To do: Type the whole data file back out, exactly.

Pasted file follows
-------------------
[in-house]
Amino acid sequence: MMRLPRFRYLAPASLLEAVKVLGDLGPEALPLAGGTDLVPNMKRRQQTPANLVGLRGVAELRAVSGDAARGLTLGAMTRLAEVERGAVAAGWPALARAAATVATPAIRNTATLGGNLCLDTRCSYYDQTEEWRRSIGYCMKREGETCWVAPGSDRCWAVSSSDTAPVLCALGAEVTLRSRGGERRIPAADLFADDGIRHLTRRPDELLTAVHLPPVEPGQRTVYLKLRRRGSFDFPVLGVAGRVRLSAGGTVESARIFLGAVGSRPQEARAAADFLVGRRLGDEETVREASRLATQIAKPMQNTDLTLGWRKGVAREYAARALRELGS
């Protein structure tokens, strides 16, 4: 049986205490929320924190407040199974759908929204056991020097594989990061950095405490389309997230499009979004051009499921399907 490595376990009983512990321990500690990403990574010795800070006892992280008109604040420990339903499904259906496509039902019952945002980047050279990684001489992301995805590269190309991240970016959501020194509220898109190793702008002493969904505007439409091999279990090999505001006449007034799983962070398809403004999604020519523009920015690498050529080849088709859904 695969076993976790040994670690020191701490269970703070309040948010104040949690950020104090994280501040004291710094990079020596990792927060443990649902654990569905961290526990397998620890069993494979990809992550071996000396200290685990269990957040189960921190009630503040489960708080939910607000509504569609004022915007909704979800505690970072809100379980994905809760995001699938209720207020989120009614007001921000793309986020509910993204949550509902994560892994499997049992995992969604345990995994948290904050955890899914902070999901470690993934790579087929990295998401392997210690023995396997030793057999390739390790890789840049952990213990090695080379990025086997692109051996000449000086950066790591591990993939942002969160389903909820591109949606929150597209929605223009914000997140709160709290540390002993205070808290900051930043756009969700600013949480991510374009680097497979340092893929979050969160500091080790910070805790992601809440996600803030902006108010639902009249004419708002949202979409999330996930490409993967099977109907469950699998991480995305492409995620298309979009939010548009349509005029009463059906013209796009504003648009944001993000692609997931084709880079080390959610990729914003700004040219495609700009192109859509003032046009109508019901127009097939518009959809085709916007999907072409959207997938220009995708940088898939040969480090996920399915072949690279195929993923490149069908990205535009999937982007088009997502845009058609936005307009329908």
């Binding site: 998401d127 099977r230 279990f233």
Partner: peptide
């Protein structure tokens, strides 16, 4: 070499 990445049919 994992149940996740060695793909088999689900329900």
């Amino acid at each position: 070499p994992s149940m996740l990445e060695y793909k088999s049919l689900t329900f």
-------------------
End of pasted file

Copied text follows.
[in-house]
Amino acid sequence: MMRLPRFRYLAPASLLEAVKVLGDLGPEALPLAGGTDLVPNMKRRQQTPANLVGLRGVAELRAVSGDAARGLTLGAMTRLAEVERGAVAAGWPALARAAATVATPAIRNTATLGGNLCLDTRCSYYDQTEEWRRSIGYCMKREGETCWVAPGSDRCWAVSSSDTAPVLCALGAEVTLRSRGGERRIPAADLFADDGIRHLTRRPDELLTAVHLPPVEPGQRTVYLKLRRRGSFDFPVLGVAGRVRLSAGGTVESARIFLGAVGSRPQEARAAADFLVGRRLGDEETVREASRLATQIAKPMQNTDLTLGWRKGVAREYAARALRELGS
């Protein structure tokens, strides 16, 4: 049986205490929320924190407040199974759908929204056991020097594989990061950095405490389309997230499009979004051009499921399907 490595376990009983512990321990500690990403990574010795800070006892992280008109604040420990339903499904259906496509039902019952945002980047050279990684001489992301995805590269190309991240970016959501020194509220898109190793702008002493969904505007439409091999279990090999505001006449007034799983962070398809403004999604020519523009920015690498050529080849088709859904 695969076993976790040994670690020191701490269970703070309040948010104040949690950020104090994280501040004291710094990079020596990792927060443990649902654990569905961290526990397998620890069993494979990809992550071996000396200290685990269990957040189960921190009630503040489960708080939910607000509504569609004022915007909704979800505690970072809100379980994905809760995001699938209720207020989120009614007001921000793309986020509910993204949550509902994560892994499997049992995992969604345990995994948290904050955890899914902070999901470690993934790579087929990295998401392997210690023995396997030793057999390739390790890789840049952990213990090695080379990025086997692109051996000449000086950066790591591990993939942002969160389903909820591109949606929150597209929605223009914000997140709160709290540390002993205070808290900051930043756009969700600013949480991510374009680097497979340092893929979050969160500091080790910070805790992601809440996600803030902006108010639902009249004419708002949202979409999330996930490409993967099977109907469950699998991480995305492409995620298309979009939010548009349509005029009463059906013209796009504003648009944001993000692609997931084709880079080390959610990729914003700004040219495609700009192109859509003032046009109508019901127009097939518009959809085709916007999907072409959207997938220009995708940088898939040969480090996920399915072949690279195929993923490149069908990205535009999937982007088009997502845009058609936005307009329908």
């Binding site: 998401d127 099977r230 279990f233």
Partner: peptide
């Protein structure tokens, strides 16, 4: 070499 990445049919 994992149940996740060695793909088999689900329900």
């Amino acid at each position: 070499p994992s149940m996740l990445e060695y793909k088999s049919l689900t329900f």